finding no clear error in the district court's finding that testimony from the plaintiffs' employees and consultants “to the effect that customers had told them they were confused by the marks” was “ambiguous at best and not credibly probative of the asserted confusion”Summary of this case from First Nat'l Bank in Sioux Falls v. First Nat'l Bank S. Dakota
Submitted February 12, 1982.
Decided April 13, 1982.
Thomas E. Wack, St. Louis, Mo., for appellee Abbott Laboratories.
Lionel L. Lucchesi, Polster, Polster Lucchesi, St. Louis, Mo., for appellant; George W. Finch, John P. Scholl, Vitek Systems, Inc., Long Beach, Cal., Harvey A. Gilbert, Vitek Systems, Inc., Hazelwood, Mo., of counsel.
Appeal from the United States District Court for the Eastern District of Missouri.
Before HEANEY, McMILLIAN and ARNOLD, Circuit Judges.
Vitek Systems, Inc. (Vitek) appeals from a judgment entered in the District Court for the Eastern District of Missouri denying injunctive relief for alleged trademark infringement. Following a bench trial, the district court found that Abbott Laboratories, Inc.'s (Abbott) "MS-2" mark, viewed by itself or in conjunction with Abbott's logo, , did not infringe upon Vitek's "AMS" mark because there was no substantial likelihood of confusion as to the source of the parties' products. For reversal Vitek argues that the district court's findings are clearly erroneous. For the reasons discussed below, we affirm.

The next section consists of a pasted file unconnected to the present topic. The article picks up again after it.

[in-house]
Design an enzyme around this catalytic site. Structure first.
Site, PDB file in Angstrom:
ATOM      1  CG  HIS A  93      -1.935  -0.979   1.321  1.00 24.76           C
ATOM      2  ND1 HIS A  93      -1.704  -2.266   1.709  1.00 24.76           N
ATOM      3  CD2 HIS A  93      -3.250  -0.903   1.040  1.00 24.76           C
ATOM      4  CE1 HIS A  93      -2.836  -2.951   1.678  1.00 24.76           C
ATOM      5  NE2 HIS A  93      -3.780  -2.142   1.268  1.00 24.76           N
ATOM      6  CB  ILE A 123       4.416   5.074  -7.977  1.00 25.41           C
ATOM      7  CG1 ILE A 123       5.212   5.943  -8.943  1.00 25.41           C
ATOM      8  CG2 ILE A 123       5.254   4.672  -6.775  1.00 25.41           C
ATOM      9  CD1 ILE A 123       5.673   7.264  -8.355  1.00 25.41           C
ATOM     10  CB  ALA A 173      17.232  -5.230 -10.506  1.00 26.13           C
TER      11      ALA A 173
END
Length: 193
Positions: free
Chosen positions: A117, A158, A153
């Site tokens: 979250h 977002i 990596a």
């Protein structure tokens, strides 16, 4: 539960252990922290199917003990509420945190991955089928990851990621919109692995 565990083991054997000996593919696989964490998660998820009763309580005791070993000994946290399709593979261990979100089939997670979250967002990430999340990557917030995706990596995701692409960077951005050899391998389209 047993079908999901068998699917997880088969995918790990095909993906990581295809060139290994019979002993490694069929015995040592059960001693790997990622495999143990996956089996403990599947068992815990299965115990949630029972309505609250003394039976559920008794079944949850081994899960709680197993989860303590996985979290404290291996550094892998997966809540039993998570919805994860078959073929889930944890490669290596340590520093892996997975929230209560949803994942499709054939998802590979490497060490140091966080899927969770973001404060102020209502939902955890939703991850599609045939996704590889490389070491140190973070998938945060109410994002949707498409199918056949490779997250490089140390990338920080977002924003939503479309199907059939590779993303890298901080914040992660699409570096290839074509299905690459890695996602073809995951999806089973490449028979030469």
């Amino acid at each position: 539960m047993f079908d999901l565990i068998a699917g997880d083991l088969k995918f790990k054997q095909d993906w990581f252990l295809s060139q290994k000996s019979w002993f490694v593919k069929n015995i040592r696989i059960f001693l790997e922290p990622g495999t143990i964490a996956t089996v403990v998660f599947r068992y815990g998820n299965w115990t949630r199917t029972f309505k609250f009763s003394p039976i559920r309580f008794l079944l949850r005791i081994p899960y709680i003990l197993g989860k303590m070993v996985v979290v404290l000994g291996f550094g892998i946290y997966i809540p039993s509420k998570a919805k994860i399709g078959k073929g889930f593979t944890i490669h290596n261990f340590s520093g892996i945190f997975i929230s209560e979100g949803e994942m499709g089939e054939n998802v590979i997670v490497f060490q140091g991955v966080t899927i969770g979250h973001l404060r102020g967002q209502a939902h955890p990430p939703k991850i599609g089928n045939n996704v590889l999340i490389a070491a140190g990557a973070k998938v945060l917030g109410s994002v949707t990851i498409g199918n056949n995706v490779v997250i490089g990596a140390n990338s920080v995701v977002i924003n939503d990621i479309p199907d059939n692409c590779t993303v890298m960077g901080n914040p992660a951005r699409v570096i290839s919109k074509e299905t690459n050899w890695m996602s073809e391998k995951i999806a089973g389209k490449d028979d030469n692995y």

The Honorable John K. Regan, United States Senior District Judge for the Eastern District of Missouri.
The district court also found that Abbott's use of its mark did not result in unfair competition. Vitek does not challenge that finding on appeal.
A complete statement of the facts is set forth in Vitek Systems, Inc. v. Abbott Laboratories, Inc., 520 F. Supp. 629 (E.D.Mo. 1981), and will not be repeated here. The pertinent facts are as follows. Vitek, a wholly-owned subsidiary of McDonnell Douglas Corp. (McDonnell), and Abbott are competitors in the manufacturing and marketing of automated computerized microbial testing instruments. The market for the instrument consists of approximately 2,000 clinical laboratories and acute care facilities. The cost of the instrument ranges between $26,500 and $74,500. The instruments are marketed through displays at trade shows, journal advertising and direct sales calls. The instruments are never sold on a single sales contact and impulse buying is unknown in the field.